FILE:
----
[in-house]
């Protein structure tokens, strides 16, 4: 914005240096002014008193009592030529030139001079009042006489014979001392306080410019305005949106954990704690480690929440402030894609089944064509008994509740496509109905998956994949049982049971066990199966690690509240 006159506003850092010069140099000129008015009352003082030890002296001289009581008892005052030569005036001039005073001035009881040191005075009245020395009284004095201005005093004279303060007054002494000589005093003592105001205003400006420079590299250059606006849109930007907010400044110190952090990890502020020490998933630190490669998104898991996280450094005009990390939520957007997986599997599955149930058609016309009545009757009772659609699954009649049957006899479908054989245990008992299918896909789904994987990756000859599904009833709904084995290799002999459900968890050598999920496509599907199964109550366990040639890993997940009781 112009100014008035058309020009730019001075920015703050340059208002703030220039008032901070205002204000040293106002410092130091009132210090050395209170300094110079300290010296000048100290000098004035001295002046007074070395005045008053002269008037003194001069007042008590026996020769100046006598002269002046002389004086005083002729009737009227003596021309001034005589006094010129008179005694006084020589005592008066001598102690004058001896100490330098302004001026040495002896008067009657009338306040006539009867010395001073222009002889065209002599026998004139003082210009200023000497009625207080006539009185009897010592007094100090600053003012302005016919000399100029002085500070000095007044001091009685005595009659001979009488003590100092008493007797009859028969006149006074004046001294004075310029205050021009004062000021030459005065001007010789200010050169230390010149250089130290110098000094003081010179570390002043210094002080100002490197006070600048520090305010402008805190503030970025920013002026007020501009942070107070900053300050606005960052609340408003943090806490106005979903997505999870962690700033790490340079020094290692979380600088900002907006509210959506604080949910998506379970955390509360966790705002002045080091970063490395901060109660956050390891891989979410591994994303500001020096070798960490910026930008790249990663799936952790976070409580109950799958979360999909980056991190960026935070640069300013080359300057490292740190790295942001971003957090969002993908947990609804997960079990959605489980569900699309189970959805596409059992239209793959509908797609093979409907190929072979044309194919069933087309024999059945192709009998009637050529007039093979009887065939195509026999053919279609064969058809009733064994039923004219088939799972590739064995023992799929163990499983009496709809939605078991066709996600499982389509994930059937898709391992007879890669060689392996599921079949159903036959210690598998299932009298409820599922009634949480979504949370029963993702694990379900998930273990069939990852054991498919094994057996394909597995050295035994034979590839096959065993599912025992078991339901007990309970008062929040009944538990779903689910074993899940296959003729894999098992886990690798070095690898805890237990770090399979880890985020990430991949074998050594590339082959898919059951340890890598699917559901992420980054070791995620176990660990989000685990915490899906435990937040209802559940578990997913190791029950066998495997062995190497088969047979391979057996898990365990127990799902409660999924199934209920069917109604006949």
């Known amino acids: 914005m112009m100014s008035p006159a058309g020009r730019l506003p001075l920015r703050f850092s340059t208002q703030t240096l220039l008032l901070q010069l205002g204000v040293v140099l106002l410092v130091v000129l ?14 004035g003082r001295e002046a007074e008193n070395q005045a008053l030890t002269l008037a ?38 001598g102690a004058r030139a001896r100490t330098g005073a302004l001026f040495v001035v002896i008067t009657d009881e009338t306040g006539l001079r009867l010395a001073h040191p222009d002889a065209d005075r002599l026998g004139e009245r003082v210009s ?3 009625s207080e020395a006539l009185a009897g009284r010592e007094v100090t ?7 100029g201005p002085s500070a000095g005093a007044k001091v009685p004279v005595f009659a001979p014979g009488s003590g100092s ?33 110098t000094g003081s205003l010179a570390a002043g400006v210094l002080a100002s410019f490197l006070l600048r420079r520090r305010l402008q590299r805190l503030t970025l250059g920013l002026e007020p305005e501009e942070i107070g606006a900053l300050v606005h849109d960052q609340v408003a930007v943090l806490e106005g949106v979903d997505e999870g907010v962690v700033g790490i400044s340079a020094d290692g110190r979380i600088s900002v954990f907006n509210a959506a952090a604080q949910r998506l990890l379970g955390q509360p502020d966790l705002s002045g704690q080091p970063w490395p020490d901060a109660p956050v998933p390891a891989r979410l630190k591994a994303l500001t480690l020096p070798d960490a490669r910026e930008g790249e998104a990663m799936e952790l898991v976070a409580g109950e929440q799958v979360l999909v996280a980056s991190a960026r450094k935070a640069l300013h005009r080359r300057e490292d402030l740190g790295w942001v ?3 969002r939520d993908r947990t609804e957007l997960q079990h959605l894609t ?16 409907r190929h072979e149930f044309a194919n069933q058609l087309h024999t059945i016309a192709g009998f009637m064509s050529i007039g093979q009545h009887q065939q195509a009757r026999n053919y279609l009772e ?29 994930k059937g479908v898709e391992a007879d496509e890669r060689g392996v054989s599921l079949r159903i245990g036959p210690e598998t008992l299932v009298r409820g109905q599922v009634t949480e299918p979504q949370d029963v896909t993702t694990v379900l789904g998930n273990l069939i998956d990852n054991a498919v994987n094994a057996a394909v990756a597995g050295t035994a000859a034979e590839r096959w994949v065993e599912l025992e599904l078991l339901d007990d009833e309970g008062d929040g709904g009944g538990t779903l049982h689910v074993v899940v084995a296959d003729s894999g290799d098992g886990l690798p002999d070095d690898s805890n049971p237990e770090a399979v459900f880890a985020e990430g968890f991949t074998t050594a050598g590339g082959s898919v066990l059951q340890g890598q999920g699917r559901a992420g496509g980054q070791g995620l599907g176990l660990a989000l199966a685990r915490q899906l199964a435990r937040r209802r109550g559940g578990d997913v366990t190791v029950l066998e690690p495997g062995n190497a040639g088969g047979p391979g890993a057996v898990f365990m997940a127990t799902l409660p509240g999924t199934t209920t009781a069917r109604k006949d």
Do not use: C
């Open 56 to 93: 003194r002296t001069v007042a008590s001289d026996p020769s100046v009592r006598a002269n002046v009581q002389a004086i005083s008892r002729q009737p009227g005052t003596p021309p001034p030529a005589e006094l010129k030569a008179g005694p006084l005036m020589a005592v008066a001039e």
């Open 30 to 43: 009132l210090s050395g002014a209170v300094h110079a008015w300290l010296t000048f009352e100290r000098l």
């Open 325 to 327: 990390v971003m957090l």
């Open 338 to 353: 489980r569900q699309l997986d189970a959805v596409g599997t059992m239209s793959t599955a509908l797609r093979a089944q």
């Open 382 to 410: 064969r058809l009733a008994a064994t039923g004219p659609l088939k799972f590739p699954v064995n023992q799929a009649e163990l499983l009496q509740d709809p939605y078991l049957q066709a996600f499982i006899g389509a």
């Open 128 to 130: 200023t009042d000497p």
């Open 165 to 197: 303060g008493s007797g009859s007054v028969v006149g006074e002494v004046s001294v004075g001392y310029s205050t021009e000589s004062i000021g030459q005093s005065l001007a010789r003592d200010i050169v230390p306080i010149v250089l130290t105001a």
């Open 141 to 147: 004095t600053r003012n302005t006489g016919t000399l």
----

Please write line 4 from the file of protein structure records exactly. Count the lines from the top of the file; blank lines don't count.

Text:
Do not use: C